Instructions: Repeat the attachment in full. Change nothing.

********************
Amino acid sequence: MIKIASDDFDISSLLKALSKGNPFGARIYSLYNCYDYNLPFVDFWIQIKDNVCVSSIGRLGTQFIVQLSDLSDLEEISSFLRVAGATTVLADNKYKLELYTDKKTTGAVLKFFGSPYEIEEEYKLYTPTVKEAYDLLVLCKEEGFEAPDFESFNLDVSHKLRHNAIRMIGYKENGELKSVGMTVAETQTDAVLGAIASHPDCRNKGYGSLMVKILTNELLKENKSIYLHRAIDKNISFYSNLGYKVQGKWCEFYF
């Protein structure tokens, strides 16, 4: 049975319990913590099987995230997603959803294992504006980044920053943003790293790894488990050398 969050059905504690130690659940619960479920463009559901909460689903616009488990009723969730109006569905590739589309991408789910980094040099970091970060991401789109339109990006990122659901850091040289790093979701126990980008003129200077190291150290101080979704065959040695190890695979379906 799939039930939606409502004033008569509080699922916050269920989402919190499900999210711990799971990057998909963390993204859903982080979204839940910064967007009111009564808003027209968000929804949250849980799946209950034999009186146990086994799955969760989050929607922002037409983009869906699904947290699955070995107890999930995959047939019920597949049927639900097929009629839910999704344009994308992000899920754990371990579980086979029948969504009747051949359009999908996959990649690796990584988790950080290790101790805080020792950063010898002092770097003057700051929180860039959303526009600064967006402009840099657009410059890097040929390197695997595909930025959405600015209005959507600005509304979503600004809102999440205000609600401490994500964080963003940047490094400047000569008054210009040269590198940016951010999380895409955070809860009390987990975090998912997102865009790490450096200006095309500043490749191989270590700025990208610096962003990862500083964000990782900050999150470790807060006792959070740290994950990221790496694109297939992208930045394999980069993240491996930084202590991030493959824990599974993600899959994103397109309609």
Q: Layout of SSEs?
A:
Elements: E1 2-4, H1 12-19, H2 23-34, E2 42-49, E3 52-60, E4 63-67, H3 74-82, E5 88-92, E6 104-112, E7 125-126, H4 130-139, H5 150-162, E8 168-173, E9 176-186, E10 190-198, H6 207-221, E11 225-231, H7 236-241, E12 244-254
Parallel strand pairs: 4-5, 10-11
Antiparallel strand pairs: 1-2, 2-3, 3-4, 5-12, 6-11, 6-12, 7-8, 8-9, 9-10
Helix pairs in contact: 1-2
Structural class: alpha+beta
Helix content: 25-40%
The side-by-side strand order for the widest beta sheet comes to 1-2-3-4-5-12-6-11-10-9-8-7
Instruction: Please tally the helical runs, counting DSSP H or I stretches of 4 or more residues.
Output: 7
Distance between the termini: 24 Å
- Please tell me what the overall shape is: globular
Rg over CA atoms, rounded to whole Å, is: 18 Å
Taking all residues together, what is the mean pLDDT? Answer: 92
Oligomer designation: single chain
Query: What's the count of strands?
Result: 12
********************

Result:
Amino acid sequence: MIKIASDDFDISSLLKALSKGNPFGARIYSLYNCYDYNLPFVDFWIQIKDNVCVSSIGRLGTQFIVQLSDLSDLEEISSFLRVAGATTVLADNKYKLELYTDKKTTGAVLKFFGSPYEIEEEYKLYTPTVKEAYDLLVLCKEEGFEAPDFESFNLDVSHKLRHNAIRMIGYKENGELKSVGMTVAETQTDAVLGAIASHPDCRNKGYGSLMVKILTNELLKENKSIYLHRAIDKNISFYSNLGYKVQGKWCEFYF
């Protein structure tokens, strides 16, 4: 049975319990913590099987995230997603959803294992504006980044920053943003790293790894488990050398 969050059905504690130690659940619960479920463009559901909460689903616009488990009723969730109006569905590739589309991408789910980094040099970091970060991401789109339109990006990122659901850091040289790093979701126990980008003129200077190291150290101080979704065959040695190890695979379906 799939039930939606409502004033008569509080699922916050269920989402919190499900999210711990799971990057998909963390993204859903982080979204839940910064967007009111009564808003027209968000929804949250849980799946209950034999009186146990086994799955969760989050929607922002037409983009869906699904947290699955070995107890999930995959047939019920597949049927639900097929009629839910999704344009994308992000899920754990371990579980086979029948969504009747051949359009999908996959990649690796990584988790950080290790101790805080020792950063010898002092770097003057700051929180860039959303526009600064967006402009840099657009410059890097040929390197695997595909930025959405600015209005959507600005509304979503600004809102999440205000609600401490994500964080963003940047490094400047000569008054210009040269590198940016951010999380895409955070809860009390987990975090998912997102865009790490450096200006095309500043490749191989270590700025990208610096962003990862500083964000990782900050999150470790807060006792959070740290994950990221790496694109297939992208930045394999980069993240491996930084202590991030493959824990599974993600899959994103397109309609």
Q: Layout of SSEs?
A:
Elements: E1 2-4, H1 12-19, H2 23-34, E2 42-49, E3 52-60, E4 63-67, H3 74-82, E5 88-92, E6 104-112, E7 125-126, H4 130-139, H5 150-162, E8 168-173, E9 176-186, E10 190-198, H6 207-221, E11 225-231, H7 236-241, E12 244-254
Parallel strand pairs: 4-5, 10-11
Antiparallel strand pairs: 1-2, 2-3, 3-4, 5-12, 6-11, 6-12, 7-8, 8-9, 9-10
Helix pairs in contact: 1-2
Structural class: alpha+beta
Helix content: 25-40%
The side-by-side strand order for the widest beta sheet comes to 1-2-3-4-5-12-6-11-10-9-8-7
Instruction: Please tally the helical runs, counting DSSP H or I stretches of 4 or more residues.
Output: 7
Distance between the termini: 24 Å
- Please tell me what the overall shape is: globular
Rg over CA atoms, rounded to whole Å, is: 18 Å
Taking all residues together, what is the mean pLDDT? Answer: 92
Oligomer designation: single chain
Query: What's the count of strands?
Result: 12